NASA's 'Webb-cam' captures engineers at work on Webb at Johnson Space Center
NASA's special "Webb-cam" kept an eye on the development of NASA's James Webb Space Telescope at NASA's Goddard Space Flight Center in Greenbelt, Maryland, since 2012. Now that Webb telescope has moved to NASA's Johnson Space Center in Houston, Texas, a special Webb camera was installed there to continue providing daily video feeds on the telescope's progress.
Space enthusiasts, who are fascinated to see how this next generation space telescope has come together and how it is being tested, are able to see the telescope's progress as it happens by watching the Webb-cam feed online.
There were two Webb-cams at NASA Goddard. Those cameras, which were mounted inside the giant cleanroom, provided still photos (refreshed every minute) of the activity inside and gave a peek at what engineers and technicians were doing to the telescope as it came together. Over the last five years, Webb-cam viewers saw some amazing images of the Webb at Goddard, such as when all 18 gold-coated mirror segments of the Webb's primary mirror were mounted on the telescope.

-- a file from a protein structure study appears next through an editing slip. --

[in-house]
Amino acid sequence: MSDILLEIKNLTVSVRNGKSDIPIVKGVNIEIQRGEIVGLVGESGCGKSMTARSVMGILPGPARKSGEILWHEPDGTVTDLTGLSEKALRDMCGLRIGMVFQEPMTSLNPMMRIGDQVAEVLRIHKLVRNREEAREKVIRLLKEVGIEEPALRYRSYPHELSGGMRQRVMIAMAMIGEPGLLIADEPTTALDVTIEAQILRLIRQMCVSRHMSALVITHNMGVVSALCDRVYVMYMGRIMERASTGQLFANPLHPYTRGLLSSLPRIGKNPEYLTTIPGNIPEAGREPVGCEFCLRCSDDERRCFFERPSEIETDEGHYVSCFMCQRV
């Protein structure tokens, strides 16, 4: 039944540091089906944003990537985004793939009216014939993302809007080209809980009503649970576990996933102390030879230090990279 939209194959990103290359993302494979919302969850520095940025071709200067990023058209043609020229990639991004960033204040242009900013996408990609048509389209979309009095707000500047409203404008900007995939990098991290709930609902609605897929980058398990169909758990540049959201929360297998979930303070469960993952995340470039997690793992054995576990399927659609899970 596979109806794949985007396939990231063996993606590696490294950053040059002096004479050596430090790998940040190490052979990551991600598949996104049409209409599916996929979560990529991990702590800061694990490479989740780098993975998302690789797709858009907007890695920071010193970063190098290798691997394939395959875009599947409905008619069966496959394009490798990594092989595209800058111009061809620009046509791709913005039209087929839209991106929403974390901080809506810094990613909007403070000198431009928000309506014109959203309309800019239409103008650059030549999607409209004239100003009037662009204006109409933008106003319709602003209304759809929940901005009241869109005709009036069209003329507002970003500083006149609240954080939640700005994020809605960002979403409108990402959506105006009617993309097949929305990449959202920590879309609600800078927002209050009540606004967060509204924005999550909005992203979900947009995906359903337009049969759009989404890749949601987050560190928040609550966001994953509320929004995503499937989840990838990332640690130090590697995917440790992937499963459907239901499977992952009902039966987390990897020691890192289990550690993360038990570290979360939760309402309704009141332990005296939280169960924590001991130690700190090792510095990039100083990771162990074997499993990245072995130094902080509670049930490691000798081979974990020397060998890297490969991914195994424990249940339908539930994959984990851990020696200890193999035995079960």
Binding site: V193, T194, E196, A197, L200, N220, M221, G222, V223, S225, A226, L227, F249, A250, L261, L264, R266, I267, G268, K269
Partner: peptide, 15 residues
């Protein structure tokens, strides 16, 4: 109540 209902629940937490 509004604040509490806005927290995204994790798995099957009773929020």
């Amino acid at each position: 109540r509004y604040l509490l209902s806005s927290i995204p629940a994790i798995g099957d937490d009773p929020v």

"The two Webb-cams we installed in Goddard's giant cleanroom have developed a huge following over the last five years," said Maggie Masetti, social media manager and web developer on the Webb telescope mission at NASA Goddard. "With millions of views every month, you can bet that if there was a camera glitch, we heard about it right away."
The new "Webb-cam" is mounted where it has a view of the cleanroom at NASA Johnson Space Center. The camera fronts the chamber where the Webb telescope will be undergoing cryogenic testing in a massive chamber called "Chamber A." Although there is no view of Webb once it is inside the chamber during the actual cryo-optical testing, there will be much activity on Webb in the cleanroom itself for several weeks before and after.
Provided by NASA's Goddard Space Flight Center